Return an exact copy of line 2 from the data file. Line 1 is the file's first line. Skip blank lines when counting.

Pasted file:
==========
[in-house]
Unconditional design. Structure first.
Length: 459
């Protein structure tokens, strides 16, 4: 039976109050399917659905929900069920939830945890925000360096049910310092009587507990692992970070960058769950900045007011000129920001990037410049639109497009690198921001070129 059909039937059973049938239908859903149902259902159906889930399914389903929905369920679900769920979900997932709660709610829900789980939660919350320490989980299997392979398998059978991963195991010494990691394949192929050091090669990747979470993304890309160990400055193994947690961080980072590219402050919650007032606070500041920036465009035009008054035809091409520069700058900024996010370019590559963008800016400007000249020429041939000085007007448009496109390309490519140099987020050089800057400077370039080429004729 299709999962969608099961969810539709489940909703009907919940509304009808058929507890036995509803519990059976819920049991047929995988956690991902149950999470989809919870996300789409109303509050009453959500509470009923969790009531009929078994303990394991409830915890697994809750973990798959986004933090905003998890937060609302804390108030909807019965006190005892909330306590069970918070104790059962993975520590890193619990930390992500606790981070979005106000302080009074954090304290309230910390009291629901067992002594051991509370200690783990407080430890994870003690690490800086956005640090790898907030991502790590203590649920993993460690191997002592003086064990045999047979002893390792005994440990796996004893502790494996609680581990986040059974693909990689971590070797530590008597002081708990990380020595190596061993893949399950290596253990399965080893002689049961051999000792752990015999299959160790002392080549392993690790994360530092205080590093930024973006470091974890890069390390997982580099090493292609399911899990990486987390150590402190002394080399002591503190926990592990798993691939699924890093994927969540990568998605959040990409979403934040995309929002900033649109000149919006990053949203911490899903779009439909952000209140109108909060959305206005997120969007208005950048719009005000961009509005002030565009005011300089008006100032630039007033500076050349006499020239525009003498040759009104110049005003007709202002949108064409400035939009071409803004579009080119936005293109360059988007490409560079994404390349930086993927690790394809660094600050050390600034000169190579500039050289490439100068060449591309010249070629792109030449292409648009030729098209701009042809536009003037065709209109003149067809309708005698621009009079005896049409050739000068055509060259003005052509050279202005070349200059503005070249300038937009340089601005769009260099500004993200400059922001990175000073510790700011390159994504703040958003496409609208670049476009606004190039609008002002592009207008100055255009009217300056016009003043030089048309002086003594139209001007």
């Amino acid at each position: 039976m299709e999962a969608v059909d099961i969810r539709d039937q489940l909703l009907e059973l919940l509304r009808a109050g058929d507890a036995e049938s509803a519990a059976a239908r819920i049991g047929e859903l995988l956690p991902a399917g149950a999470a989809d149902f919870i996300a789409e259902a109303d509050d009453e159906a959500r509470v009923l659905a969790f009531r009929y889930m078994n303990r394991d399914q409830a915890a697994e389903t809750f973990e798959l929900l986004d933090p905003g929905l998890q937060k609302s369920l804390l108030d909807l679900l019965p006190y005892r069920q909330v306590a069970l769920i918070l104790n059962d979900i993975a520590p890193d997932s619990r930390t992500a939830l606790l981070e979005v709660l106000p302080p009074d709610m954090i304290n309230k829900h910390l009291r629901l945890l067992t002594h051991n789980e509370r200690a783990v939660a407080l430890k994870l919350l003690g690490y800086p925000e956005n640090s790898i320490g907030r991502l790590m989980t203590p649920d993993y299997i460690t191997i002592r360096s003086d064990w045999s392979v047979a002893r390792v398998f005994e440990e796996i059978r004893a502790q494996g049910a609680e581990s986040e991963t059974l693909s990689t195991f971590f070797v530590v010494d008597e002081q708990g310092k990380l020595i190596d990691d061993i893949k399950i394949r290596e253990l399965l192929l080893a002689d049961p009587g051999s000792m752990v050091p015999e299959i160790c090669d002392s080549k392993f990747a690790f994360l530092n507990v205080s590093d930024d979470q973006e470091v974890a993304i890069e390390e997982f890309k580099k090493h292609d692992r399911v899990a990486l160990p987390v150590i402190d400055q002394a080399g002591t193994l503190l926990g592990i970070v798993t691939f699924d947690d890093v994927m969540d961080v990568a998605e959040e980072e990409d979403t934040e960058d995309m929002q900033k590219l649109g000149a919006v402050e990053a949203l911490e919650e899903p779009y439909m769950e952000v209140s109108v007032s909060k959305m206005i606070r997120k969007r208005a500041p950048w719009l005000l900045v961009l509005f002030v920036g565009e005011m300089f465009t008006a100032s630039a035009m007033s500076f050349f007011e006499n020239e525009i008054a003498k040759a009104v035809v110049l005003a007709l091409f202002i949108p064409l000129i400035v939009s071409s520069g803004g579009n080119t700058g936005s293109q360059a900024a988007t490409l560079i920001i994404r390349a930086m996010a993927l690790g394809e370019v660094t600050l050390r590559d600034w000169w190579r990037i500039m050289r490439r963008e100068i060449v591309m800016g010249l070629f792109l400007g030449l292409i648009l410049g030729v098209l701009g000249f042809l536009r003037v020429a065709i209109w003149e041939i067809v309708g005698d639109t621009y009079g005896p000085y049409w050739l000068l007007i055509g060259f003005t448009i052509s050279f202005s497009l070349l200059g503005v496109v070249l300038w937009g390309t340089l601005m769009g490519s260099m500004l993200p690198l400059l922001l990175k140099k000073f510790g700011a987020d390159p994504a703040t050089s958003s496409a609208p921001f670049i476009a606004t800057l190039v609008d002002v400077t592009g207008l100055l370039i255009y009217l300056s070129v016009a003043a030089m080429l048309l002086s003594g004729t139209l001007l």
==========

Unconditional design. Structure first.